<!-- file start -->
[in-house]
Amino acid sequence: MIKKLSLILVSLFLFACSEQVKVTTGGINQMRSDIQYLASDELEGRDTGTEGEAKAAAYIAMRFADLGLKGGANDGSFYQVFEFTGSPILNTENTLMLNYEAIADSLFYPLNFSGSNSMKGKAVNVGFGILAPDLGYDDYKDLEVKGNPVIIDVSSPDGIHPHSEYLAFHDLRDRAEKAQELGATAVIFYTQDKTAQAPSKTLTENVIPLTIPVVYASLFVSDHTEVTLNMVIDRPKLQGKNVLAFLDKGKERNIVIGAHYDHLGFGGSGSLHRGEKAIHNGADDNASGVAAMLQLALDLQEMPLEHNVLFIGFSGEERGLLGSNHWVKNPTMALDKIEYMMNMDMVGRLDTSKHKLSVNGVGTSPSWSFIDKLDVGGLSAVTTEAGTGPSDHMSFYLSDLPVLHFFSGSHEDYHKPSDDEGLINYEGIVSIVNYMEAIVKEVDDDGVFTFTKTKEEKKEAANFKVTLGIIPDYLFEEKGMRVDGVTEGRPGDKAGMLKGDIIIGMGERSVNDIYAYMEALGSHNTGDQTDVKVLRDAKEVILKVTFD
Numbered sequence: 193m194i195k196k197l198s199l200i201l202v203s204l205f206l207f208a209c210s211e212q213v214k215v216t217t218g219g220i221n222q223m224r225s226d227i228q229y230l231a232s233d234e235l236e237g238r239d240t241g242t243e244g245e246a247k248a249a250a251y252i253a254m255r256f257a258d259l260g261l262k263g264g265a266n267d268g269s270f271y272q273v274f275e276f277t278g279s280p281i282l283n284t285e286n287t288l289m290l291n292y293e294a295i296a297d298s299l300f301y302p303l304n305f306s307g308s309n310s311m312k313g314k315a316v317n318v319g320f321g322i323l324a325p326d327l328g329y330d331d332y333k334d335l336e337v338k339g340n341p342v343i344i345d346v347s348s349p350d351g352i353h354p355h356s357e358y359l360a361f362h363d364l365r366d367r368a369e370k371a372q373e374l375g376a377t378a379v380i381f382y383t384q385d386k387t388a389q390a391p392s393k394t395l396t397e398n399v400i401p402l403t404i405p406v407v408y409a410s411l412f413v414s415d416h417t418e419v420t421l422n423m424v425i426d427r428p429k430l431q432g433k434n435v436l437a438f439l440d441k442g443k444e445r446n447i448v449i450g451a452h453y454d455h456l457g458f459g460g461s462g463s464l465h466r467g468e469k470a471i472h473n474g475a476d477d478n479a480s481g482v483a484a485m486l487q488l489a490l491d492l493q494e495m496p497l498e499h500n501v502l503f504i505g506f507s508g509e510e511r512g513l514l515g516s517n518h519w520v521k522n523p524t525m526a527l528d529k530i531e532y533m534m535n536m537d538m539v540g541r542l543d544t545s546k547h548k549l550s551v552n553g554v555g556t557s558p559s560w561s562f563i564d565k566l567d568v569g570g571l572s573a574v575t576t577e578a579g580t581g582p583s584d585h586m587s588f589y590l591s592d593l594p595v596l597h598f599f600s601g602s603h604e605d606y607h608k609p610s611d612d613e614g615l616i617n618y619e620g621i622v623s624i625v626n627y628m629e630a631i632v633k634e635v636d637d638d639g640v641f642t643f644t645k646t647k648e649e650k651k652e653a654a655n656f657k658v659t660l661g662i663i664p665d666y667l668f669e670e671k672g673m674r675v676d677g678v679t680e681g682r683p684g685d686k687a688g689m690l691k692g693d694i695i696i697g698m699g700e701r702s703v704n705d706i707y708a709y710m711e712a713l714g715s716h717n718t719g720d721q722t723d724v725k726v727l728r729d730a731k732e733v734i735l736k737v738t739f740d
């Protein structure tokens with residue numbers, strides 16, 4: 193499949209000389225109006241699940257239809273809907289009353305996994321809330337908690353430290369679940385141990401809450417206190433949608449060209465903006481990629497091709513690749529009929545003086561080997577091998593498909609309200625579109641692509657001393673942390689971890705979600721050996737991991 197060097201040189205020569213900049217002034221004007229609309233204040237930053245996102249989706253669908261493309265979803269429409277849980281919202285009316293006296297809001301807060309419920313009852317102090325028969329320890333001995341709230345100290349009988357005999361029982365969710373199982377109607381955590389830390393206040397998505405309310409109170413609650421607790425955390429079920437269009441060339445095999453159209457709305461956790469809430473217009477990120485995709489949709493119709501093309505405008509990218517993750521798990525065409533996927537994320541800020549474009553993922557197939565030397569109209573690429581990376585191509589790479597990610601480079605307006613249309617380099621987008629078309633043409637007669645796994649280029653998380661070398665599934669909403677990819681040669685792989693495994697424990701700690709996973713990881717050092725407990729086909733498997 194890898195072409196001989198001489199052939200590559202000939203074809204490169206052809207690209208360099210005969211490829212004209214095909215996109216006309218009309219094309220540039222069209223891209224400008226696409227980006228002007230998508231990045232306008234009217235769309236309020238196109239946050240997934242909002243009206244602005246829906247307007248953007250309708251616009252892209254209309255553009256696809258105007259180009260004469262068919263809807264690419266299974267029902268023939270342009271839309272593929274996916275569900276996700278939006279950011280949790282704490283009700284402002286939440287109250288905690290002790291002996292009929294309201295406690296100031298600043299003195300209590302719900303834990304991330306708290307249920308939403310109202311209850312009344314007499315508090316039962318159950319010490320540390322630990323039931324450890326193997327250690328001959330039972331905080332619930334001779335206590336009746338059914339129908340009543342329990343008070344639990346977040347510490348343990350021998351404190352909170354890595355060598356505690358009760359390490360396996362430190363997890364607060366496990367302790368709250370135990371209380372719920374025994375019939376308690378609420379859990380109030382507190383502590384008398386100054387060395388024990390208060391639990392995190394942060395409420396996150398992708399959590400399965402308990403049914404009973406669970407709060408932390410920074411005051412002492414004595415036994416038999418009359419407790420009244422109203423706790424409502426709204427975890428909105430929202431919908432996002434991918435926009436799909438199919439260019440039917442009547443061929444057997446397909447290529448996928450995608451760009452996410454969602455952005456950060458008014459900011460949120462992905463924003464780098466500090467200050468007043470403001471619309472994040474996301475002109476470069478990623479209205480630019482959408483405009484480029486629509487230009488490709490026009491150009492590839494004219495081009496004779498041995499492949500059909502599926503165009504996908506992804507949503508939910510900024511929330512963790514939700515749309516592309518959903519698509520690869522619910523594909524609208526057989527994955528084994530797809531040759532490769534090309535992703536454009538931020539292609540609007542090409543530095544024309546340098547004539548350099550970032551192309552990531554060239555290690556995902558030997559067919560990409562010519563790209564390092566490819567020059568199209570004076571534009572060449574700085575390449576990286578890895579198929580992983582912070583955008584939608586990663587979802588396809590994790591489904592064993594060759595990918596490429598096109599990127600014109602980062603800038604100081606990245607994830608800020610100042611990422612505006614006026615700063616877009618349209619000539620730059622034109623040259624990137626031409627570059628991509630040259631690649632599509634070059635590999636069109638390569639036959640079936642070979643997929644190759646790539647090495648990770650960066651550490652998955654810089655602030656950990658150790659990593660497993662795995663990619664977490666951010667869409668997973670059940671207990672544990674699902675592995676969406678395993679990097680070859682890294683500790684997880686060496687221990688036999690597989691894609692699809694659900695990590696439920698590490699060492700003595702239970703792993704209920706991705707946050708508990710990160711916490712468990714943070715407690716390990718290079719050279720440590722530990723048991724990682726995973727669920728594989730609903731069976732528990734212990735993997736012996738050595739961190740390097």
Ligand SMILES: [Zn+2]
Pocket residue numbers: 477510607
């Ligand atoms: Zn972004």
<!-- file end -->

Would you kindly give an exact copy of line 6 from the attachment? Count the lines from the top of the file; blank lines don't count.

Pocket residue numbers: 477510607